Judge Brendan Babish took an animated adventure all over the world with Puffy AmiYumi. Now, he really wants to go home.
Hop on the tour bus and jam with Puffy AmiYumi, Japan's biggest pop group, as they take animated adventures all over the world.
Hi Hi Puffy AmiYumi: Let's Go! is a collection of 12 five-minute "adventures" compiled from four episodes of the Cartoon Network show. Those included on this set include:
Hi Hi Puffy AmiYumi is a cartoon documenting the wacky adventures of Ami and Yumi, two plucky Japanese girls who just can't seem to stay out of trouble. Together they are Puffy AmiYumi, a pop duo that, in the cartoon, is wildly popular in America. In reality Ami and Yumi really are Puffy AmiYumi, yet they don't seem to have made much traction in America yet.
In the spirit of full disclosure, I am something of a Puffy fan. While I am extremely hesitant to admit this in print, I have actually seen them in concert. In the fall of 2005, Puffy AmiYumi toured the east coast and I went to their show in Philadelphia. Half the audience was 20-something hipsters who, while sipping beer and smirking, worked hard to affect a cool detachment, as if they were only enjoying the show ironically. The other half was 12-year-old girls, accompanied by their parental minders. These girls screamed like Puffy was the Beatles and that small club was the Ed Sullivan Show. I have to admit, those girls do put on quite a show. Their hair was big, their clothes were loud, and they danced like they had no sense of self and were high on Jolt Cola (which is a compliment). Also, the tunes were surprisingly catchy.
You can imagine my disappointment then when I put on Hi Hi Puffy AmiYumi and didn't recognize who these two girls in the cartoon were. Their names were Ami and Yumi, but they had almost nothing in common with the real life Puffy. These girls don't have the cute Japanese accent, don't have eccentric wardrobes, and they don't even look Asian. It really is almost as if this cartoon was meant to depict the misadventures of two teenage American pop stars, and at the last minute they decided to slap on the name Puffy AmiYumi. There is almost no correlation between reality and the cartoon (with the exception of Kaz, Puffy's cartoon manager, who does like strikingly similar to Puffy's real life manager). And, just to be clear, these cartoon Ami and Yumi are nowhere near as fun or wacky as their flesh and blood doppelgangers (hmm, isn't that usually the other way around?).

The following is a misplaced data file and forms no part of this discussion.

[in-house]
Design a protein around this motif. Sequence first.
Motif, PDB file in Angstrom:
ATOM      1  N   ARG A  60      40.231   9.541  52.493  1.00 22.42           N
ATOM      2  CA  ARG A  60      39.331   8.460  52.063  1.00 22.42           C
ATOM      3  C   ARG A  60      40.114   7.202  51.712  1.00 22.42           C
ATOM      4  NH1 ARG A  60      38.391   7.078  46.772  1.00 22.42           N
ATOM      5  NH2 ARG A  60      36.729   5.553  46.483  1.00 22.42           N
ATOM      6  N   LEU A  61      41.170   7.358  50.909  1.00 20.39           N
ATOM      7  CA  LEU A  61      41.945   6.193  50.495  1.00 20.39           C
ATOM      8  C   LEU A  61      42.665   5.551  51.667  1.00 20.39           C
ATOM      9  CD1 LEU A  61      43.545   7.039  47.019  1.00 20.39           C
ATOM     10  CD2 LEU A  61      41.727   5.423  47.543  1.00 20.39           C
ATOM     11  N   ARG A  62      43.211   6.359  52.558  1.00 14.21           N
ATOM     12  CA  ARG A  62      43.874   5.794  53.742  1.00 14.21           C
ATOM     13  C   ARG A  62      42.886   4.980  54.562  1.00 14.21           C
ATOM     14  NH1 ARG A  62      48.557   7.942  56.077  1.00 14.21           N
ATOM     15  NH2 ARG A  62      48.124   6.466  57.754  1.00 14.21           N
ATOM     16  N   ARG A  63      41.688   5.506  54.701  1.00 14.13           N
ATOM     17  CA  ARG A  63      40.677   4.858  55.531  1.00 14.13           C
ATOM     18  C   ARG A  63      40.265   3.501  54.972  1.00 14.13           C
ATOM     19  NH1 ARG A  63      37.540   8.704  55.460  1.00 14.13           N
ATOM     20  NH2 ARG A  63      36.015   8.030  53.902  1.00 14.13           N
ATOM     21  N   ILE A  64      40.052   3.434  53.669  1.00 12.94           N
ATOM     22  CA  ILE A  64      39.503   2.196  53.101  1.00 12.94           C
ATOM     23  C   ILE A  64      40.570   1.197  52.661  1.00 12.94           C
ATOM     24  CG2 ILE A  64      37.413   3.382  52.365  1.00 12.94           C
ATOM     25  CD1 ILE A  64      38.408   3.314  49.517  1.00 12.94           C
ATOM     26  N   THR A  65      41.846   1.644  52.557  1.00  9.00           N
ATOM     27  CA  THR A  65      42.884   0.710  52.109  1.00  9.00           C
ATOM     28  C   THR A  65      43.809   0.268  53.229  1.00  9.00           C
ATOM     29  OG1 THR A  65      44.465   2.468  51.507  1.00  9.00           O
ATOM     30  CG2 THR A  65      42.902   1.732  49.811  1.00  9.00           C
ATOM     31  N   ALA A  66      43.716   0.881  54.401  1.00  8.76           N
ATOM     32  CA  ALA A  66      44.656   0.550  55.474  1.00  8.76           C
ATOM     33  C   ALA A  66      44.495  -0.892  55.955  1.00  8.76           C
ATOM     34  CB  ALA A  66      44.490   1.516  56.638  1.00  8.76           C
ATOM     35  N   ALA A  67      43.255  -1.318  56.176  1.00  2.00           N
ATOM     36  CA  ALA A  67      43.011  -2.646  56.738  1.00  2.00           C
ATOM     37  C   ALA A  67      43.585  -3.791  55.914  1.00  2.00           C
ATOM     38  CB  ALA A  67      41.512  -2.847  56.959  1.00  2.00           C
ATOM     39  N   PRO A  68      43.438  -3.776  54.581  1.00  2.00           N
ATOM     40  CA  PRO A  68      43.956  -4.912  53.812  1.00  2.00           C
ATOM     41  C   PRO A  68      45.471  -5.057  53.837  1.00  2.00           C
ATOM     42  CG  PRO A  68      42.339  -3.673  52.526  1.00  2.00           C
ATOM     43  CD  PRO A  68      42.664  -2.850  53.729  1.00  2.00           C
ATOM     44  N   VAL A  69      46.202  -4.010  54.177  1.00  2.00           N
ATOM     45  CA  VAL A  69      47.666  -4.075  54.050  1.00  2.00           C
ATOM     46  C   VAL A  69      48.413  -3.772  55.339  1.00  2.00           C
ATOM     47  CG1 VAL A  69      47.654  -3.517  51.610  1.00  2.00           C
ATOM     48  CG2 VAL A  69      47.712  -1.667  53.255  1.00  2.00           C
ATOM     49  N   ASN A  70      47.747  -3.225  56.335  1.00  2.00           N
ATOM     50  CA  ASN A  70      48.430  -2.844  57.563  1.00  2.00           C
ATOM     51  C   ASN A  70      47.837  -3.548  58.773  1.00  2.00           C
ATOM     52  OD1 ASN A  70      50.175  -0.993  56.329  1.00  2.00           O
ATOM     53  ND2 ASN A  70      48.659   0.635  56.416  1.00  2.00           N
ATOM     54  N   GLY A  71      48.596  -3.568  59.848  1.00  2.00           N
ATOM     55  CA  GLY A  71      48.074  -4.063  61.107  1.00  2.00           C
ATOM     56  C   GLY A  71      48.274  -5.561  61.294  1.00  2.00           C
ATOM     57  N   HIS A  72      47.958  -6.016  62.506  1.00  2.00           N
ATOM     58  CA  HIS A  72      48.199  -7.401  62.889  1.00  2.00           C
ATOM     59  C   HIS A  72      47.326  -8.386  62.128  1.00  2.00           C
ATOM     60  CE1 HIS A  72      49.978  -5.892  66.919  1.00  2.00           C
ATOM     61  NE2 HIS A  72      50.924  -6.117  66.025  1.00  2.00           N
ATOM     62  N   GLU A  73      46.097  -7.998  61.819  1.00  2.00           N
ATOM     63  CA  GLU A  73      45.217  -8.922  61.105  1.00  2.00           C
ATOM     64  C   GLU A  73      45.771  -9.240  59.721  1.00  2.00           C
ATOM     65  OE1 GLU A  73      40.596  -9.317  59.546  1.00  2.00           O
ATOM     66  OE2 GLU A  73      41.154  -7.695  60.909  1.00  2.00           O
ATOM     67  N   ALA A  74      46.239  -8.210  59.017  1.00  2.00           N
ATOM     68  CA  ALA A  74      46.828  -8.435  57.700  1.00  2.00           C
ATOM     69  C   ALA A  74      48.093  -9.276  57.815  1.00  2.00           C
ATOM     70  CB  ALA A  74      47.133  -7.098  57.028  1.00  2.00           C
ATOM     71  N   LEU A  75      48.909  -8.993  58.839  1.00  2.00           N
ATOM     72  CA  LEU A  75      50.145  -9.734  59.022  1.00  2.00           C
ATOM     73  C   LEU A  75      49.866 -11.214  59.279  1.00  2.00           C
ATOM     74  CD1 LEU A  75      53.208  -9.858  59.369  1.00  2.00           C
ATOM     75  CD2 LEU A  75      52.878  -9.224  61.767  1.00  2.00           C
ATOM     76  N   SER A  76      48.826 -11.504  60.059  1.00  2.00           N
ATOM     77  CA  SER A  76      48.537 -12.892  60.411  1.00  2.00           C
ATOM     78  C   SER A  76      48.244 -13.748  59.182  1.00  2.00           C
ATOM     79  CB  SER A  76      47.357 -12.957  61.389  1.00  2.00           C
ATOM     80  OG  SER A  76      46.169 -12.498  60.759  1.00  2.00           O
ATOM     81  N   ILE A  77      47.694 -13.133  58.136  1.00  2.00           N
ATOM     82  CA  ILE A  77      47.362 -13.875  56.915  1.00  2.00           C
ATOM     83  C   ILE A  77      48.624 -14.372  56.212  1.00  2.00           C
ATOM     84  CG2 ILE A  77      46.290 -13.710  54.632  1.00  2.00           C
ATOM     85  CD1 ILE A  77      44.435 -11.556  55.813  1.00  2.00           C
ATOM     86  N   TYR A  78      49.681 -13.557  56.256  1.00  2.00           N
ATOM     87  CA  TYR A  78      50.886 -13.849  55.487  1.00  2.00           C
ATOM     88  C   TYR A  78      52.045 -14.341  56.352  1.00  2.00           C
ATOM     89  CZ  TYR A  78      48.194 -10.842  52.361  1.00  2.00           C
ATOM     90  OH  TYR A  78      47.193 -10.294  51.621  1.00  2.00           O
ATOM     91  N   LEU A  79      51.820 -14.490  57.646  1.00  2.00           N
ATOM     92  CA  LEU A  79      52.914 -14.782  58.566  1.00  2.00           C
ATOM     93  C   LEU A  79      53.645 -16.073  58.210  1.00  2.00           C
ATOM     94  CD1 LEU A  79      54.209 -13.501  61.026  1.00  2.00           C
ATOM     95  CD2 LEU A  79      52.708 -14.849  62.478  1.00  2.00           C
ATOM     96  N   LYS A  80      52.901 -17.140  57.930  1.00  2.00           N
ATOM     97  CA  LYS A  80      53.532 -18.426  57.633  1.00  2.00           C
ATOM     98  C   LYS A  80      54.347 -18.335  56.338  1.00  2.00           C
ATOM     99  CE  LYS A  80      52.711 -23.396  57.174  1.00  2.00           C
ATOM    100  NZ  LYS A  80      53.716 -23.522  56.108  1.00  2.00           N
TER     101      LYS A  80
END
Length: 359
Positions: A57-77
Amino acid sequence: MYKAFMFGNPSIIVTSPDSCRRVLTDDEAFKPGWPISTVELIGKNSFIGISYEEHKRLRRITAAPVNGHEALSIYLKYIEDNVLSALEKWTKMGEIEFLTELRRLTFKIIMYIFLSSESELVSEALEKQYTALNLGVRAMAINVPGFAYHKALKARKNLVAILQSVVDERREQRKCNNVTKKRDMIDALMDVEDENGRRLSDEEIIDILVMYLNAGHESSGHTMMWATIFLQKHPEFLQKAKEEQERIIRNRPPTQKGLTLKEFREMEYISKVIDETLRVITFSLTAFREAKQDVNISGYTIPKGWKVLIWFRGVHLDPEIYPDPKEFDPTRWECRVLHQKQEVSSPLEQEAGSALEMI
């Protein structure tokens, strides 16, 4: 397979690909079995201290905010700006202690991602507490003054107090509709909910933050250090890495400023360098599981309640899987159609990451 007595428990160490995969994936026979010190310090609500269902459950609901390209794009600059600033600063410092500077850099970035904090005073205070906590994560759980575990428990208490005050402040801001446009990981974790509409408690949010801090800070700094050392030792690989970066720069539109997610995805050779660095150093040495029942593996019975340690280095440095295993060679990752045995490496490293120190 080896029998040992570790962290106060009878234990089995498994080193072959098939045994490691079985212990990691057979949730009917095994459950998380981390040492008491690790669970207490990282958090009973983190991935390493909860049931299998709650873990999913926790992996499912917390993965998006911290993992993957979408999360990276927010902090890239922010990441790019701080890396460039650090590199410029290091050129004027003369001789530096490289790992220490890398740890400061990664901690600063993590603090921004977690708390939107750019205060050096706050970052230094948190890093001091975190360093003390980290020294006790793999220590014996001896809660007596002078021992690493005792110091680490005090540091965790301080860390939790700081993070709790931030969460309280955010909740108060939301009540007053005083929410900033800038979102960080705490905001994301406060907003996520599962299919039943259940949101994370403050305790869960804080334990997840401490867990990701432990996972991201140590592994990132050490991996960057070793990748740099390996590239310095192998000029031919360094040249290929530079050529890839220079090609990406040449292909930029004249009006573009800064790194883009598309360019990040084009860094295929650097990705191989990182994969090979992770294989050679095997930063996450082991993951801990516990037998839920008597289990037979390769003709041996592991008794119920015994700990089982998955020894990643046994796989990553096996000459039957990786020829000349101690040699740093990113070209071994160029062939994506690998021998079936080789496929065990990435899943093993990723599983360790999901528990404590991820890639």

Watching Hi Hi Puffy AmiYumi brought back memories of my childhood, when the cartoon version of Ghostbusters began to air weekday mornings. This cartoon came out a few years after the wildly successful Ghostbusters movie, yet didn't feature Drs. Peter Venkman, Raymond Stantz, or Egon Spengler. Instead, this cartoon featured two dudes (neither of whom had Ph.Ds) and an ape. The show was just a weak facsimile of the real Ghostbusters (who would later get their own show entitled, natch, The Real Ghostbusters). Hi Hi Puffy AmiYumi may feature characters named Ami and Yumi, but these aren't the real Ami and Yumi. Let's hope in the not too distant future the Cartoon Network wises up and starts producing a new show called The Real Puffy AmiYumi. Now that I would watch. In the meantime, I'll stick to my Space Ghost, Aqua Teen Hunger Force, and all that great Adult Swim programming.
The only good thing I can say about this cartoon is that there is nothing remotely objectionable or untoward in the show's content. Parents, you can put on the Hi Hi Puffy AmiYumi DVD and walk away secure that there won't be any inappropriate sexual innuendos or remotely lifelike violence. This is important to know, because—trust me on this—you are going to want to walk away.
One other small saving grace on the DVD is the Totally Trivial Trivia Track on the "Dance A Go-Go" Episode. This is an option where you can watch the episode with a Pop-Up Video-like commentary. In most cases the tidbits are, indeed, truly trivial, but there are the occasionally mildly interesting ("The biggest recorded line dance in the world was in Hong Kong with 12,168 dancers") or humorous ("In general rock stars do not like waiting in line") tidbits as well. Unfortunately this option is only available on the "Dance A Go-Go" Episode. If it were available on all episodes, I might have upgraded my verdict from "Ugh, God" to just "Ugh."
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